From King Kong to Avatar, from Star Wars to The Lord of the Rings, movie creatures have never been more popular as they are today. Yet the art of creating monsters for the big screen is as old as cinema itself.
Harold and Lillian eloped to Hollywood in 1947, where they became the film industry's secret weapons. Nobody talked about them, but everybody wanted them. Theirs is the greatest story never told-until now.
A baby alligator is flushed down a Chicago toilet and survives by eating discarded laboratory rats injected with growth hormones. The small reptile grows gigantic, escapes the city sewers, and goes on a rampage.
Michael V. Gazzo
This is the definitive documentary about Ray Harryhausen. Aside from interviews with the great man himself, shot over five years, there are also interviews and tributes from Vanessa Harryhausen, Tony Dalton, Randy Cook, Peter Jackson, Nick Park, Phil Tippet, Peter Lord, Terry Gilliam, Dennis Muren, Rick Baker, John Landis, Ken Ralston, Guillermo Del Toro, Jean-Pierre Jeunet, Robert Zemeckis, James Cameron, Steven Spielberg and many more. For the first time Ray and the Foundation have provided unprecedented access to film all aspects of the collection including models, artwork and miniatures as well as Ray's private study, where he designed most of his creations, and his workshop where he built them. In addition the documentary will use unseen footage of tests and experiments found during the clearance of the LA garage. Never before has so much visual material been used in any previous documentary about Ray. This definitive production will not only display a huge part of the unique ...Written by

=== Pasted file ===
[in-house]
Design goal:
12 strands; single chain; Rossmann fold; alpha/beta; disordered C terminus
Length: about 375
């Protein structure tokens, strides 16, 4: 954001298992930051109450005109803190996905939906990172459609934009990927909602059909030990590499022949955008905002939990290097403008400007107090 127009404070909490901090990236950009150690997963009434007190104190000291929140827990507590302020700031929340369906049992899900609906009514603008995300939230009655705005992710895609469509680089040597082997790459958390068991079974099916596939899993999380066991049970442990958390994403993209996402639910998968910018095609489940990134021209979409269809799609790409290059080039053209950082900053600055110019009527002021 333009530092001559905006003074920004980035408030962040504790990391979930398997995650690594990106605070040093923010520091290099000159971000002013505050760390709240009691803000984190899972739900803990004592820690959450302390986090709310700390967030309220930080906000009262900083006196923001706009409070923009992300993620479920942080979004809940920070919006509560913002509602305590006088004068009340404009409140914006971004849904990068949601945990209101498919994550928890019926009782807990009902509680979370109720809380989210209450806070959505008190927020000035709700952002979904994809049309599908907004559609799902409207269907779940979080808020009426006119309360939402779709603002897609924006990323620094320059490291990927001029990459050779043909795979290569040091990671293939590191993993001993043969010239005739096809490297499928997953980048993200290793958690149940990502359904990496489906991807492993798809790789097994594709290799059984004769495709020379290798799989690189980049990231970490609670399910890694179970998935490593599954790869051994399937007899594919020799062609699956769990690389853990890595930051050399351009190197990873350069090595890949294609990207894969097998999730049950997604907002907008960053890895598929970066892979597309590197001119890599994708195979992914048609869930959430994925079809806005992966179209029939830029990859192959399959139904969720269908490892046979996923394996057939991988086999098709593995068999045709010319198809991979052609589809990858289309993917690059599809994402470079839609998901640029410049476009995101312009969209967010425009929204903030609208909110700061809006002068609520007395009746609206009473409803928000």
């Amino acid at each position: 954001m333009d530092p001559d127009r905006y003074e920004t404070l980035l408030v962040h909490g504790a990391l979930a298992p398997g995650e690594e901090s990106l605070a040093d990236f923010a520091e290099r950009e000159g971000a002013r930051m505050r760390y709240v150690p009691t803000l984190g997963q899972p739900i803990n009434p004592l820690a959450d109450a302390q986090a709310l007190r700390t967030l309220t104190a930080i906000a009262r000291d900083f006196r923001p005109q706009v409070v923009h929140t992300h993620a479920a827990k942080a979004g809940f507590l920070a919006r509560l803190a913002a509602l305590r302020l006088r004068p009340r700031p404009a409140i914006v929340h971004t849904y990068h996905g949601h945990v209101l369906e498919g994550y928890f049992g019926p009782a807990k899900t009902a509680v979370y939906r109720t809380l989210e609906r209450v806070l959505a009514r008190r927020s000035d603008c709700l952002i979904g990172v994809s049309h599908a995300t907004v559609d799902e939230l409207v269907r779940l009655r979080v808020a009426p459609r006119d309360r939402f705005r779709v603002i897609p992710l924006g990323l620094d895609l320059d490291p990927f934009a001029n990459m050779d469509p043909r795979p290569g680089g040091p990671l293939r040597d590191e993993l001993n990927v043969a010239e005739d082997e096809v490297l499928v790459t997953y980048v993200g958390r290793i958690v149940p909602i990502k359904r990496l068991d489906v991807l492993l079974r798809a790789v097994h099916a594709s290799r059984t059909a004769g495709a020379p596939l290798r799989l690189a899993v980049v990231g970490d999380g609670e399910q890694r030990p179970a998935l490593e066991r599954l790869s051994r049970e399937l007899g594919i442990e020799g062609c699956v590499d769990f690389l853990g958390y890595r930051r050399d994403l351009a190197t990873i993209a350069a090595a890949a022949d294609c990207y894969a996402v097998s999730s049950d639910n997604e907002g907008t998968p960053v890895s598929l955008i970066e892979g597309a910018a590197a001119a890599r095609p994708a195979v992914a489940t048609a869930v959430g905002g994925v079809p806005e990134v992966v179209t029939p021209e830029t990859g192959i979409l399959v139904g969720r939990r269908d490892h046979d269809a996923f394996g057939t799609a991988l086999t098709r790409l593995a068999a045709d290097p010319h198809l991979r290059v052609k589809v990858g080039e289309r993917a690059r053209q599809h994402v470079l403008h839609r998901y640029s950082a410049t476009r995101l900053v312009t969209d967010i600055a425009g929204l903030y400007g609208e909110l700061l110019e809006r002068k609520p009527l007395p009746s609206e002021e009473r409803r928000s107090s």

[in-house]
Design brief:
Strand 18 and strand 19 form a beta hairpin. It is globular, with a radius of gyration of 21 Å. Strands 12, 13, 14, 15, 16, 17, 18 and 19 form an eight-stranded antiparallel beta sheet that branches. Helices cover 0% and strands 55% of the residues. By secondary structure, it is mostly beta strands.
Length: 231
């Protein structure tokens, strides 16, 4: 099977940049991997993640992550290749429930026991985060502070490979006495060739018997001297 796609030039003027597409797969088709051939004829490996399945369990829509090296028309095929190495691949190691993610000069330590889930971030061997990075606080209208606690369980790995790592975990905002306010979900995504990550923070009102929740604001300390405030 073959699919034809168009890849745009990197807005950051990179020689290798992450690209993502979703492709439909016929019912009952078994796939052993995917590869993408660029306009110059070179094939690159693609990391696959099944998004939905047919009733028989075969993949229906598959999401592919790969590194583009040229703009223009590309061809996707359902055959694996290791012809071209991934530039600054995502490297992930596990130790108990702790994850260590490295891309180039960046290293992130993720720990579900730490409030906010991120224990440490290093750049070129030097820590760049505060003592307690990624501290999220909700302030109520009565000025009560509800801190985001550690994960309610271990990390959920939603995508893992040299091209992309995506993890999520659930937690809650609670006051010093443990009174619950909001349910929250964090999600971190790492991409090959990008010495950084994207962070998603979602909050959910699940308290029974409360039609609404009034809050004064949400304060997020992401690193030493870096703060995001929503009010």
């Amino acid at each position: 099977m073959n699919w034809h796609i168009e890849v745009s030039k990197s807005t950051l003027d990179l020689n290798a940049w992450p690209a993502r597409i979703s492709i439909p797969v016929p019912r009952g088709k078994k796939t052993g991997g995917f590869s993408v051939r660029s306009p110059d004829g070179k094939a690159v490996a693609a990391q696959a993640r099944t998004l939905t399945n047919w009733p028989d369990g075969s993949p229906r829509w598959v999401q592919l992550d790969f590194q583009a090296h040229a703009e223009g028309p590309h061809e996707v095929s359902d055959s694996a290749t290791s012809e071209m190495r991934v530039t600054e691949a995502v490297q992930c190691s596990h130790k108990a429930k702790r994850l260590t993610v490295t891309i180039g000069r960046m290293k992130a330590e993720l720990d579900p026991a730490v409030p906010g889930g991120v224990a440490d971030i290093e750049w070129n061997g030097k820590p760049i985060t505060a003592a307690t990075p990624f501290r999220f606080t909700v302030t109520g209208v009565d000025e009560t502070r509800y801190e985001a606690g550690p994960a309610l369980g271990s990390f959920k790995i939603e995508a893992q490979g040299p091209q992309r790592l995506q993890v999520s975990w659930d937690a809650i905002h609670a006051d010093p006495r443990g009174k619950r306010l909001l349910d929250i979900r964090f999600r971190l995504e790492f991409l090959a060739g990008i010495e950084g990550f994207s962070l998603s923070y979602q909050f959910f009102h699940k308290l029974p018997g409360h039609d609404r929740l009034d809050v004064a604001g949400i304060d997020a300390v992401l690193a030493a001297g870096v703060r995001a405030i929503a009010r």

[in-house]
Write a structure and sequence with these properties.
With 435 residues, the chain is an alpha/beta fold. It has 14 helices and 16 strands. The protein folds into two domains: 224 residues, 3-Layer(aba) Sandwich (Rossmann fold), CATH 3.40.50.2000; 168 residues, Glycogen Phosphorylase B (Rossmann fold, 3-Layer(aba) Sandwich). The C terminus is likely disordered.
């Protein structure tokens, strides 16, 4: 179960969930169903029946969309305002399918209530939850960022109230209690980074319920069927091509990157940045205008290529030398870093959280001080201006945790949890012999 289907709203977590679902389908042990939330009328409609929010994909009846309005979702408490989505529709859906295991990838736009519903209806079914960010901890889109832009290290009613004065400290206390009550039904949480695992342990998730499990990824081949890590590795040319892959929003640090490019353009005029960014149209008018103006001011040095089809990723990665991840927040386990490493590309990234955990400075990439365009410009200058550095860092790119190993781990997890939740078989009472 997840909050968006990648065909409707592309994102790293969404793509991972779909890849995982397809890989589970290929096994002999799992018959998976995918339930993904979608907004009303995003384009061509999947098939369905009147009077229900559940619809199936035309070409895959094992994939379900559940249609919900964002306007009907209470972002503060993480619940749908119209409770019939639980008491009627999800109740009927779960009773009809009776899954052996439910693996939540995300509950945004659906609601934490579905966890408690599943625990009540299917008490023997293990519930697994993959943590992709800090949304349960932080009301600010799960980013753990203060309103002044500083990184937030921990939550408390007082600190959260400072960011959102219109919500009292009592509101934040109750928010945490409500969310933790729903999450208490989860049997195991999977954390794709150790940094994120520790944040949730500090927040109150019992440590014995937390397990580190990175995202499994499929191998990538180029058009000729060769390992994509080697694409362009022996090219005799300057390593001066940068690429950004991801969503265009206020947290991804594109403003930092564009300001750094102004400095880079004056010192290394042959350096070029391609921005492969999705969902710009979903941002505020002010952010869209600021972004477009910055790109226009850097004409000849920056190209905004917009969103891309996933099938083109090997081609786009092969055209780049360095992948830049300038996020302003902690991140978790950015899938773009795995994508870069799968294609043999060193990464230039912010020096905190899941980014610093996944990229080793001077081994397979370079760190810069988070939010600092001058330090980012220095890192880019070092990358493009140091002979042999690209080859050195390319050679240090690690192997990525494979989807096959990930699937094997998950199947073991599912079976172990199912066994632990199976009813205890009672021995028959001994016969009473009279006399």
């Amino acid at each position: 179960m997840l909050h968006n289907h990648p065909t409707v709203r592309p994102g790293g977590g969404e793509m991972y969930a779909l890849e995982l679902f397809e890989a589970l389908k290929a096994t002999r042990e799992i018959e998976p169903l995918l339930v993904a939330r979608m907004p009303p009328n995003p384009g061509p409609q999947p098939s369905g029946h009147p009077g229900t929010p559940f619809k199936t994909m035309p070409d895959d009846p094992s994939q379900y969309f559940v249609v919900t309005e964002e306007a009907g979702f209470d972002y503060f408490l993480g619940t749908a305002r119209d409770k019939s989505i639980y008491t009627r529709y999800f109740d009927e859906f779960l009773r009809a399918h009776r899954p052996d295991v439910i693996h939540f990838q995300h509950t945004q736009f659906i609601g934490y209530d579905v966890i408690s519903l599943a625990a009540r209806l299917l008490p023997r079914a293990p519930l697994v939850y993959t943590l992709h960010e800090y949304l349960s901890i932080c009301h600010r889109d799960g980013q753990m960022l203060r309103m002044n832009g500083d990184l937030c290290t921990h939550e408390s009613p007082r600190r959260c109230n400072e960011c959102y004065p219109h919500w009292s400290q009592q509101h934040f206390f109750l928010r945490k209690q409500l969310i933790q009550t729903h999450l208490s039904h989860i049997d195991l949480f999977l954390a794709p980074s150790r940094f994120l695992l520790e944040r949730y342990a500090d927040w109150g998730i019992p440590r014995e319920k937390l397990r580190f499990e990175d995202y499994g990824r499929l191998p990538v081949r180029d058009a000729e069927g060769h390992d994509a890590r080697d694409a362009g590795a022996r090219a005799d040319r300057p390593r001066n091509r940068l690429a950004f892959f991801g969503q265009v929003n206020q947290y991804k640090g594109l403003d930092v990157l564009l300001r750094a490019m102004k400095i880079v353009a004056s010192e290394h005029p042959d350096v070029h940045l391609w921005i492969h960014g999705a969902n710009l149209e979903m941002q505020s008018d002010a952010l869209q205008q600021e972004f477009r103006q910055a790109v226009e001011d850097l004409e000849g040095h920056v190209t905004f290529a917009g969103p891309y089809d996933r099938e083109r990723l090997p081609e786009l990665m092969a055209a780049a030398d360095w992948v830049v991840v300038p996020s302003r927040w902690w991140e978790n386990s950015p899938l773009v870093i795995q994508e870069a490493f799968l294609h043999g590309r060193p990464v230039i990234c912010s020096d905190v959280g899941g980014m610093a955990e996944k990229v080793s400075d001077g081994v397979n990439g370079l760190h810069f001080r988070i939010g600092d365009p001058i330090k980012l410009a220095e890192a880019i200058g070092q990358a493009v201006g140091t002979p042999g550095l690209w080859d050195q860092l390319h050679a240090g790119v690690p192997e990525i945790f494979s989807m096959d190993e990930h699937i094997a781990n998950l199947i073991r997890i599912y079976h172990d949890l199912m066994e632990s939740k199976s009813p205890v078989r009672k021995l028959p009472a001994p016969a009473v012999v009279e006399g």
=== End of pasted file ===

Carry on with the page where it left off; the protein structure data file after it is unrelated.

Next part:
The Ray & Diana Harryhausen Foundation
If watched fantasy movies in the 60s and 70s then you will know Harryhausen's work. Agreed that it now looks dated but back then it was cutting edge and the only way to bring monsters to life. Unfortunalty his work was rendered almost obsolete when Star Wars came along and changed everything.
Touching tributes from various top level directors but you do sometimes question the level of reverance expressed toward Harryhausen and the importance of his work.
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